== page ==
This question is one of the frequently asked ones when a person is charged with a legal case. However, the answer varies according to the case charged against a person. Some legal cases strictly require defendants to appear in court, and there are ones that a lawyer can represent on their behalf without them physically being there.
It’s crucial that you have knowledge about this legal topic as failure to attend in court when required by the judge have legal consequences. So, here are the types of cases that a judge will need you to be present in court and the ones that your lawyer can appear for you.
Felony charges put forward against a person will require him/her to attend in all stages of the case such as in the arraignment, plea, preliminary hearing, trial, and the passing of judgment.
The reason why the court is so strict regarding court appearances when handling felony cases is that bail is frequently an issue in such cases. The judge’s decisions might lead to his/her demanding a bail, or increasing it if the bail was already posted.
However, an exception to the rule is present in felony cases. An accused person can have a lawyer appear for him/her only when the court allows him/her to complete, in open court, a written waiver of his/her right to be physically present.
A misdemeanor case against a defendant can allow him/her to have a lawyer represent on his/her behalf even if he/she is not physically present in court. However, it’s crucial to know these exceptions.
Driving under the influence or DUI
The court can “sometimes” allow a person accused of DUI not to attend a proceeding of his/her case. However, most of the time, the court requires the defendant to participate in the arraignment, plea, and sentencing.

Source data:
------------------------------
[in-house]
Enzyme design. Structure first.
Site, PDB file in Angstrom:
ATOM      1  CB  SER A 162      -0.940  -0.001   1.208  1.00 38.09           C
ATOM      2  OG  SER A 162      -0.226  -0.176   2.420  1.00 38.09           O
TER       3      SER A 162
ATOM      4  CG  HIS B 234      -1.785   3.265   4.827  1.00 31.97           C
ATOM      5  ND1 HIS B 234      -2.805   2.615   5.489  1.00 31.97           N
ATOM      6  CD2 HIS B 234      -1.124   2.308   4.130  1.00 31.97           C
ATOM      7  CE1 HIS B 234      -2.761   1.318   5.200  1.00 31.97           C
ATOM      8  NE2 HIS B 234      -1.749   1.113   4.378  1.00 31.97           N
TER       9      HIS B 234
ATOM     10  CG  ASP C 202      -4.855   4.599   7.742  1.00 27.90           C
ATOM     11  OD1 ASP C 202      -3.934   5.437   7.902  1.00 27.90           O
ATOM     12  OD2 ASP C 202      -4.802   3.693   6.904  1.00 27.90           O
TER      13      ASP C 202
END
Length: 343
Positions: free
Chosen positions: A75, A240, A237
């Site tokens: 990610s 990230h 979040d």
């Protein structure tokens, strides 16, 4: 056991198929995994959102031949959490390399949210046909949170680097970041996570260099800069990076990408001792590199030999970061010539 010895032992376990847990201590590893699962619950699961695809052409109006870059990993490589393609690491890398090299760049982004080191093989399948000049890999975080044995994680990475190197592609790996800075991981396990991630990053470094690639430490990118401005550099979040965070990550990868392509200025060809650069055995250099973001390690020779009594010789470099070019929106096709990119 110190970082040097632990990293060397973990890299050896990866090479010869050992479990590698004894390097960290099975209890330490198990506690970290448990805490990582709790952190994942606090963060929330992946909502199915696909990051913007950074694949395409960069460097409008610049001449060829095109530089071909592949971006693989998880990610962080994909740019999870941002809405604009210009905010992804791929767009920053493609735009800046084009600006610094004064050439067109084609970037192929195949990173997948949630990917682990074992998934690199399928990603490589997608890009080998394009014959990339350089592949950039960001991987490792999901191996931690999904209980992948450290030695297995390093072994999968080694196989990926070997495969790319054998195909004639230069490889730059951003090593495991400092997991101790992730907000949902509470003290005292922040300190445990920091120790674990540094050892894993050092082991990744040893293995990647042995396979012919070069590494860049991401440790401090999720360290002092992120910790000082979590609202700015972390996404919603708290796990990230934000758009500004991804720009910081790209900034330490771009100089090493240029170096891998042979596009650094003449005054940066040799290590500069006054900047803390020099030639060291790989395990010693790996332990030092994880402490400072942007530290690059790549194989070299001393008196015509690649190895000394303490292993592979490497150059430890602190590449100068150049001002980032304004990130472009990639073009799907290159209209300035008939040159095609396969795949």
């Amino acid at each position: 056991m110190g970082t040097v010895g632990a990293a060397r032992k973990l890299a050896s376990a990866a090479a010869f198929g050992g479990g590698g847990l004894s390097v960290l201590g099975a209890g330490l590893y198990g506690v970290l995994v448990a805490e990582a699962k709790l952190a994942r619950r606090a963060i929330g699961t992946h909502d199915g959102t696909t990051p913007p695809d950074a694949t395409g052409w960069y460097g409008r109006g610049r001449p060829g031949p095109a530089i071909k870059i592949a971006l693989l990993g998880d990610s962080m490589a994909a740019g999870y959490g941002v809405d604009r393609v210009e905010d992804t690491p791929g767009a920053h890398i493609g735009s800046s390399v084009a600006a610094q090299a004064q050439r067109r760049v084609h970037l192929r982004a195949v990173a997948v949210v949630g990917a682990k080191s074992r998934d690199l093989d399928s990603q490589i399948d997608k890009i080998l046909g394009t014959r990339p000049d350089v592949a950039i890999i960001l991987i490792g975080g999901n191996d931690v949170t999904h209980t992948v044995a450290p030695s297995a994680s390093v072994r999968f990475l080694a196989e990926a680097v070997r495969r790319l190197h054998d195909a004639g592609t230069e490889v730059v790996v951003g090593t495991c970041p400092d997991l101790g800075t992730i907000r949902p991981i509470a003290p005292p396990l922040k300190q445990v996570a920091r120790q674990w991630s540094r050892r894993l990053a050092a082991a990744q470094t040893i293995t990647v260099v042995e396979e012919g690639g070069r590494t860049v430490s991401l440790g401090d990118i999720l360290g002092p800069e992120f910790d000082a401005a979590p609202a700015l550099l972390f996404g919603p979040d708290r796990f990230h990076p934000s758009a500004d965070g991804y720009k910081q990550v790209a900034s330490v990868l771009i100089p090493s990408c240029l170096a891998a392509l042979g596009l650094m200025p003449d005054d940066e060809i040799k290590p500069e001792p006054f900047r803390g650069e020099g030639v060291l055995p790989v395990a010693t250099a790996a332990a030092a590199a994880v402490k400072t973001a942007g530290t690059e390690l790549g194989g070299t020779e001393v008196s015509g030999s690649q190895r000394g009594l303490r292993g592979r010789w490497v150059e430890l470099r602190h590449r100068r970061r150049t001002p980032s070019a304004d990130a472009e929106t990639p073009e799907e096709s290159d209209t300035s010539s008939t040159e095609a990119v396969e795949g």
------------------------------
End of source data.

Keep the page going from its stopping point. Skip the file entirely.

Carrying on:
It’s also crucial for persons charged with DUI to retain the lawyer whom the judge is familiar with. If there is an issue about the application not to attend the proceedings, it’s advisable that the defendant participates in it. As I mentioned, failure to attend can lead to legal consequences.
An accused person in a domestic violence case must appear at the arraignment and sentencing stages. It’s because, in these stages of such a legal matter, the court issues a protective order, and the accused person must be present to be informed of the conditions of that order. So non-appearance is not allowed in domestic violence cases.
Violation of a protective order
The same with legal cases concerning domestic violence, an accused person charged with a violation of a protective order also needs to attend the arraignment and sentencing stages because of the protective order issue.
With regards to entering an appeal on behalf of their clients, most judges allow lawyers to do that legal action without the defendant’s presence in court. However, lawyers need to submit a Tahl Waiver which they have discussed with their client.
The submission of this waiver is necessary to make sure that the defendant understood the consequences of the offer and their rights to a trial. However, some judges don’t accept such waiver and will require the accused person to attend the plea proceedings.
As such, it’s crucial to hire a legal counsel that is familiar with the judge handling the case before entering the plea. You can reach out to lawyers in sites like Attorneys On Demand for that purpose.
It’s essential that an accused person is familiar with the case charged against you. You should consult with a lawyer to assist you through the legal proceedings.
If you’re busy to appear in court, there are cases that the court will allow a non-appearance of the defendant with your lawyer representing on your behalf. This article will provide with knowledge about this legal topic.
This article is about court and legal cases in the US (not Australia). The views expressed on this page by the author it’s their own, not those of Best in Australia, and it shouldn’t be considered as advice.